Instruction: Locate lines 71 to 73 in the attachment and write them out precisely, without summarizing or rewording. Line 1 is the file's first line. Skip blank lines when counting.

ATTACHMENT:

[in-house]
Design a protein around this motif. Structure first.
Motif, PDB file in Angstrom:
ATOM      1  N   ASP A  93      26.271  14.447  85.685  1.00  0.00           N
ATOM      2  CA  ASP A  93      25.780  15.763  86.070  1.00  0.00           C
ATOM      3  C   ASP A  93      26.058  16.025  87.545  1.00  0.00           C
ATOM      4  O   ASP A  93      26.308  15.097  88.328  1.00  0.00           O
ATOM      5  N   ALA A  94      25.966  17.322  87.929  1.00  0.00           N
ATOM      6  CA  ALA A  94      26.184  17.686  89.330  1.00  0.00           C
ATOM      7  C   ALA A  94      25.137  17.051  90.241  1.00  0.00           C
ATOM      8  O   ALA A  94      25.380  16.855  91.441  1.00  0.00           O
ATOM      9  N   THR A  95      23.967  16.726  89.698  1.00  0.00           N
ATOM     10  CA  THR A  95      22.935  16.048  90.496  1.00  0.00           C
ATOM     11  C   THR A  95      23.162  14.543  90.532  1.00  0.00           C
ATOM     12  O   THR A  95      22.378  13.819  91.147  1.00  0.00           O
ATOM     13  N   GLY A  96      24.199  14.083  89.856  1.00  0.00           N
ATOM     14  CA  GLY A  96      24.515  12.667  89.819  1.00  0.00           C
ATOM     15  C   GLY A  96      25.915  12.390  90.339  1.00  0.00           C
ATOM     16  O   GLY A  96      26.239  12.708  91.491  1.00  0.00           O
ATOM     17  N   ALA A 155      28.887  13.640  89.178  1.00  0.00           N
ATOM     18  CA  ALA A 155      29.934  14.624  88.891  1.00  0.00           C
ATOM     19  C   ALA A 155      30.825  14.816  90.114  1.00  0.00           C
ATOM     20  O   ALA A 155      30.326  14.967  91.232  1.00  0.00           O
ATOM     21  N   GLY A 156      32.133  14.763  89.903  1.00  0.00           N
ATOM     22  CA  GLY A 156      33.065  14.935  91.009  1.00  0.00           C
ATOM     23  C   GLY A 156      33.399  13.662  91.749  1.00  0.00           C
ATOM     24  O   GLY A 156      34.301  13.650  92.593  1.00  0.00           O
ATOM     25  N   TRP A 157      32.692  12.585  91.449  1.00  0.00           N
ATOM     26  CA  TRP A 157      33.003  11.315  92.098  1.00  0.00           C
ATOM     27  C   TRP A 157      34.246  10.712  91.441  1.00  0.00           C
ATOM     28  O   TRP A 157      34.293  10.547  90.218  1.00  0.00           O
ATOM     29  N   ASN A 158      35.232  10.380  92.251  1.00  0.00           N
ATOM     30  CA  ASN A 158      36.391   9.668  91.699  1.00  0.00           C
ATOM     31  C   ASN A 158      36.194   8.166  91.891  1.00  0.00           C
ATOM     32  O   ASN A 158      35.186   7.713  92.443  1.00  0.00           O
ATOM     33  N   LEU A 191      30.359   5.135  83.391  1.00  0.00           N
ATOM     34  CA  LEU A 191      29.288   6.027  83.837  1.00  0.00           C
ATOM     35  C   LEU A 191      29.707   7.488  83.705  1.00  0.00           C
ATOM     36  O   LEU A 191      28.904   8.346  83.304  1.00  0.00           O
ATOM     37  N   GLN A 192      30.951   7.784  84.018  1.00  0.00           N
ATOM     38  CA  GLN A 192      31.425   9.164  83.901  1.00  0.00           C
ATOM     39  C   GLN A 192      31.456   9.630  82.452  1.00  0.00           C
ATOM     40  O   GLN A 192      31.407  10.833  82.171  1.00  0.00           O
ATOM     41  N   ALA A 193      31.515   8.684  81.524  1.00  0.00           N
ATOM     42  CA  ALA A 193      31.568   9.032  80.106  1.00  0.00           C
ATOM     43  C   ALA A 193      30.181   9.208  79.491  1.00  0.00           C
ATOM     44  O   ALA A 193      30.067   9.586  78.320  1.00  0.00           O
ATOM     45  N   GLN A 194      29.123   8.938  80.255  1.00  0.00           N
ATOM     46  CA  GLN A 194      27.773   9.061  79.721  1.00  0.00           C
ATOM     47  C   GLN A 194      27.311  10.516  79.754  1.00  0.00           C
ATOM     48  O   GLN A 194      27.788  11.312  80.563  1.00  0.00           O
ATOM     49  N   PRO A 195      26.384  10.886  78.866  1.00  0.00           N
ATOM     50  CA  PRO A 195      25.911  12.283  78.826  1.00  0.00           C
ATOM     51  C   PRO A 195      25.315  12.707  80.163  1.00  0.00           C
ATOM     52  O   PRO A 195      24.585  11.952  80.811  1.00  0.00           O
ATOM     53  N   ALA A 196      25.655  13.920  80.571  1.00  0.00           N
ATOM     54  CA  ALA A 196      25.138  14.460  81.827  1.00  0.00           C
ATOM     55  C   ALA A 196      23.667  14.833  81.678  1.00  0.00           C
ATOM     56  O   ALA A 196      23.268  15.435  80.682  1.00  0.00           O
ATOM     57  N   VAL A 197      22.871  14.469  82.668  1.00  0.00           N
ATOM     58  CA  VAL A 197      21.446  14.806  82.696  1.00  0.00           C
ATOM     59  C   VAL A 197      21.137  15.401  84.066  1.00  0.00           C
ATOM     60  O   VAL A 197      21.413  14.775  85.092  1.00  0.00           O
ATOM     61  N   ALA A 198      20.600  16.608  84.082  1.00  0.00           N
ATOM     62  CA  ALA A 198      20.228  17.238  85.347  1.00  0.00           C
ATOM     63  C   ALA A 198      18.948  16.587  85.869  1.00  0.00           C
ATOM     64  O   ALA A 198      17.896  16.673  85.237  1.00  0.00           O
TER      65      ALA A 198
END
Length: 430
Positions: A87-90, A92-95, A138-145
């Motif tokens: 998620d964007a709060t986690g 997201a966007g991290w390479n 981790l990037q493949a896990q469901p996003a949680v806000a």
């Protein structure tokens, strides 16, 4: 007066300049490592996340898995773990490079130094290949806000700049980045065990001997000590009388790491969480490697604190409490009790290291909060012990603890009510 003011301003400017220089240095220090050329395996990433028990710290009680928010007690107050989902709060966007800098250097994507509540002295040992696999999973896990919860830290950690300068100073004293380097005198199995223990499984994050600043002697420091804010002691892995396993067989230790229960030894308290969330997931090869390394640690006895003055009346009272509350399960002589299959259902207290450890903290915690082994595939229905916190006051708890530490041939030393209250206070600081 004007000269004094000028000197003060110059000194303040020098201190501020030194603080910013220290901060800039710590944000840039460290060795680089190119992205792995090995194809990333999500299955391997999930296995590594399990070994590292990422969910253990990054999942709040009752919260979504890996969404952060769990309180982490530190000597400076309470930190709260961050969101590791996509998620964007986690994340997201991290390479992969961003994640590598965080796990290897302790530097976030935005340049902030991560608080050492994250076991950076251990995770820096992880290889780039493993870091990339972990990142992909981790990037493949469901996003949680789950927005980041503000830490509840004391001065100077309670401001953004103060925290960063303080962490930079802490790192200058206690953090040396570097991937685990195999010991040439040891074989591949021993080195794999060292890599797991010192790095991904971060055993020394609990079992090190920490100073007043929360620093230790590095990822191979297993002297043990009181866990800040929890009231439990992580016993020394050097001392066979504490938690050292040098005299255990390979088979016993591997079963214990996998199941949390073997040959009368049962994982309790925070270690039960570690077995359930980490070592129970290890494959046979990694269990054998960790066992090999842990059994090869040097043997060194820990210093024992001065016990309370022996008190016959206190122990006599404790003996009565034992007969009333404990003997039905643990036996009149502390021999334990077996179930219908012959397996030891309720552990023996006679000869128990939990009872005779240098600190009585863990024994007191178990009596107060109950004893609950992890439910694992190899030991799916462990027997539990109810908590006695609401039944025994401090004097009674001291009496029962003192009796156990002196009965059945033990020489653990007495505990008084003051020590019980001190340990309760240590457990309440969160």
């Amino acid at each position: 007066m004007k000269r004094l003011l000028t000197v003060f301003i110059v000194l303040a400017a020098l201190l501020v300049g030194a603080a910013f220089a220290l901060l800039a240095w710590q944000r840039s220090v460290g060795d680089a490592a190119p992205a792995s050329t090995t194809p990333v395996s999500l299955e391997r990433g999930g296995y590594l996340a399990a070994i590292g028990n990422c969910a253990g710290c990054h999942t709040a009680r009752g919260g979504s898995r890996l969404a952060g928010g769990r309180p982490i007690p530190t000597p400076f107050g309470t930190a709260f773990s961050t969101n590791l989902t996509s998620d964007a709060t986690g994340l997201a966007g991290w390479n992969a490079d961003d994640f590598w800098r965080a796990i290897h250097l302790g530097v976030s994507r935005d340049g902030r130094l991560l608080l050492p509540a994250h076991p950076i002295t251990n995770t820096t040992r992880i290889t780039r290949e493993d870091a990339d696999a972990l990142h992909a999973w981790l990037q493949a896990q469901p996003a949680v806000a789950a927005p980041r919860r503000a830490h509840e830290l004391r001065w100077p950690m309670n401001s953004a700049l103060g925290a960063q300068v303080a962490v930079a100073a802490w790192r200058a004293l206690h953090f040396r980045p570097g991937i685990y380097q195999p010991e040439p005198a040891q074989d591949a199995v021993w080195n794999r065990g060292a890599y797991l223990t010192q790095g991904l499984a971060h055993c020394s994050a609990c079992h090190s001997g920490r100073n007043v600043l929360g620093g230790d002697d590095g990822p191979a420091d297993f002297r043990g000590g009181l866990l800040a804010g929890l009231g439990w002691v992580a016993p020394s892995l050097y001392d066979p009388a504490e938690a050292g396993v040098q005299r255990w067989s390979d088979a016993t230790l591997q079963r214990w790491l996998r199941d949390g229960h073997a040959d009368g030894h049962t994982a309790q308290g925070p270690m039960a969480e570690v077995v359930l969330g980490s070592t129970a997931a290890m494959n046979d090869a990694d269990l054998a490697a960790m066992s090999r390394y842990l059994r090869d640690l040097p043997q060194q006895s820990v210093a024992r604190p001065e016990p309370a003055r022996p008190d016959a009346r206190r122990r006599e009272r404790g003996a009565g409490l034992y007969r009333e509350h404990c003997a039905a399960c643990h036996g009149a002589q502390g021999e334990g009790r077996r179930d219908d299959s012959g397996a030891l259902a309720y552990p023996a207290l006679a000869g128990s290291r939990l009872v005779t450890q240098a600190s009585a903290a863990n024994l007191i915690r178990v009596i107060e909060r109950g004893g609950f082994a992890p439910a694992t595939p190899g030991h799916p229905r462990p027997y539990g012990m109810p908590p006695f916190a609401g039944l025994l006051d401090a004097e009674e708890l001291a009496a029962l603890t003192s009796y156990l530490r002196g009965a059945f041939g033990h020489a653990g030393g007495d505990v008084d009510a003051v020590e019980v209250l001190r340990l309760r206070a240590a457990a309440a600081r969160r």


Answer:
Positions: A87-90, A92-95, A138-145
């Motif tokens: 998620d964007a709060t986690g 997201a966007g991290w390479n 981790l990037q493949a896990q469901p996003a949680v806000a």
């Protein structure tokens, strides 16, 4: 007066300049490592996340898995773990490079130094290949806000700049980045065990001997000590009388790491969480490697604190409490009790290291909060012990603890009510 003011301003400017220089240095220090050329395996990433028990710290009680928010007690107050989902709060966007800098250097994507509540002295040992696999999973896990919860830290950690300068100073004293380097005198199995223990499984994050600043002697420091804010002691892995396993067989230790229960030894308290969330997931090869390394640690006895003055009346009272509350399960002589299959259902207290450890903290915690082994595939229905916190006051708890530490041939030393209250206070600081 004007000269004094000028000197003060110059000194303040020098201190501020030194603080910013220290901060800039710590944000840039460290060795680089190119992205792995090995194809990333999500299955391997999930296995590594399990070994590292990422969910253990990054999942709040009752919260979504890996969404952060769990309180982490530190000597400076309470930190709260961050969101590791996509998620964007986690994340997201991290390479992969961003994640590598965080796990290897302790530097976030935005340049902030991560608080050492994250076991950076251990995770820096992880290889780039493993870091990339972990990142992909981790990037493949469901996003949680789950927005980041503000830490509840004391001065100077309670401001953004103060925290960063303080962490930079802490790192200058206690953090040396570097991937685990195999010991040439040891074989591949021993080195794999060292890599797991010192790095991904971060055993020394609990079992090190920490100073007043929360620093230790590095990822191979297993002297043990009181866990800040929890009231439990992580016993020394050097001392066979504490938690050292040098005299255990390979088979016993591997079963214990996998199941949390073997040959009368049962994982309790925070270690039960570690077995359930980490070592129970290890494959046979990694269990054998960790066992090999842990059994090869040097043997060194820990210093024992001065016990309370022996008190016959206190122990006599404790003996009565034992007969009333404990003997039905643990036996009149502390021999334990077996179930219908012959397996030891309720552990023996006679000869128990939990009872005779240098600190009585863990024994007191178990009596107060109950004893609950992890439910694992190899030991799916462990027997539990109810908590006695609401039944025994401090004097009674001291009496029962003192009796156990002196009965059945033990020489653990007495505990008084003051020590019980001190340990309760240590457990309440969160």